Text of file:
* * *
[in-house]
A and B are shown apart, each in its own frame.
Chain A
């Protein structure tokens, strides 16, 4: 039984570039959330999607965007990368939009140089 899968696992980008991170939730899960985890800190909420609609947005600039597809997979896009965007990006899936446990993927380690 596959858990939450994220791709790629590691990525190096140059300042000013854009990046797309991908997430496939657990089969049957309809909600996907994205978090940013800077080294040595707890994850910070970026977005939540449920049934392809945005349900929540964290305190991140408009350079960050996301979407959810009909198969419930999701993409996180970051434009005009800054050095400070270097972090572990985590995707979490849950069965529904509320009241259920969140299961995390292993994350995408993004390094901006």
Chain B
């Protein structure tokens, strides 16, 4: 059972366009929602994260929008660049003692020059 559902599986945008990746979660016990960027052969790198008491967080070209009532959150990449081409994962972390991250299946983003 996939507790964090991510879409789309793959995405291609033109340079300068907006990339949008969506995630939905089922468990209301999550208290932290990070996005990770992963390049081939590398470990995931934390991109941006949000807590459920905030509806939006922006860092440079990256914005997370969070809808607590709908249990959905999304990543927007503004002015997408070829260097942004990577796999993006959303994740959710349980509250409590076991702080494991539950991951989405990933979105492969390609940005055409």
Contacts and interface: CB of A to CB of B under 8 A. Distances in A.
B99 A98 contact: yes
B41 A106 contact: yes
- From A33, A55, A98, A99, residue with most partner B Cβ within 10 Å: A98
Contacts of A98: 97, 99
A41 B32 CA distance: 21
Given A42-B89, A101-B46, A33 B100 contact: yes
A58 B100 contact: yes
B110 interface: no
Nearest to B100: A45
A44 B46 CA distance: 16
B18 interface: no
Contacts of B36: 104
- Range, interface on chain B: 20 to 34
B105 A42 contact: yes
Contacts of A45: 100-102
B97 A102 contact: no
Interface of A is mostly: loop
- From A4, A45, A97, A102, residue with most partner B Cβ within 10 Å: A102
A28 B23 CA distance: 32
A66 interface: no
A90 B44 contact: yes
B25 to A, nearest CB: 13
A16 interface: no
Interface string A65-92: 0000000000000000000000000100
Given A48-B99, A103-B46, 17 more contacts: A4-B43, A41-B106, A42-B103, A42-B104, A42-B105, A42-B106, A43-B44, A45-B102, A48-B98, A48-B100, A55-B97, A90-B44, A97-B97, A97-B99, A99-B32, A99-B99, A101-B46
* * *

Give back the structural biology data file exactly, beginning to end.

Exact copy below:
[in-house]
A and B are shown apart, each in its own frame.
Chain A
């Protein structure tokens, strides 16, 4: 039984570039959330999607965007990368939009140089 899968696992980008991170939730899960985890800190909420609609947005600039597809997979896009965007990006899936446990993927380690 596959858990939450994220791709790629590691990525190096140059300042000013854009990046797309991908997430496939657990089969049957309809909600996907994205978090940013800077080294040595707890994850910070970026977005939540449920049934392809945005349900929540964290305190991140408009350079960050996301979407959810009909198969419930999701993409996180970051434009005009800054050095400070270097972090572990985590995707979490849950069965529904509320009241259920969140299961995390292993994350995408993004390094901006």
Chain B
């Protein structure tokens, strides 16, 4: 059972366009929602994260929008660049003692020059 559902599986945008990746979660016990960027052969790198008491967080070209009532959150990449081409994962972390991250299946983003 996939507790964090991510879409789309793959995405291609033109340079300068907006990339949008969506995630939905089922468990209301999550208290932290990070996005990770992963390049081939590398470990995931934390991109941006949000807590459920905030509806939006922006860092440079990256914005997370969070809808607590709908249990959905999304990543927007503004002015997408070829260097942004990577796999993006959303994740959710349980509250409590076991702080494991539950991951989405990933979105492969390609940005055409």
Contacts and interface: CB of A to CB of B under 8 A. Distances in A.
B99 A98 contact: yes
B41 A106 contact: yes
- From A33, A55, A98, A99, residue with most partner B Cβ within 10 Å: A98
Contacts of A98: 97, 99
A41 B32 CA distance: 21
Given A42-B89, A101-B46, A33 B100 contact: yes
A58 B100 contact: yes
B110 interface: no
Nearest to B100: A45
A44 B46 CA distance: 16
B18 interface: no
Contacts of B36: 104
- Range, interface on chain B: 20 to 34
B105 A42 contact: yes
Contacts of A45: 100-102
B97 A102 contact: no
Interface of A is mostly: loop
- From A4, A45, A97, A102, residue with most partner B Cβ within 10 Å: A102
A28 B23 CA distance: 32
A66 interface: no
A90 B44 contact: yes
B25 to A, nearest CB: 13
A16 interface: no
Interface string A65-92: 0000000000000000000000000100
Given A48-B99, A103-B46, 17 more contacts: A4-B43, A41-B106, A42-B103, A42-B104, A42-B105, A42-B106, A43-B44, A45-B102, A48-B98, A48-B100, A55-B97, A90-B44, A97-B97, A97-B99, A99-B32, A99-B99, A101-B46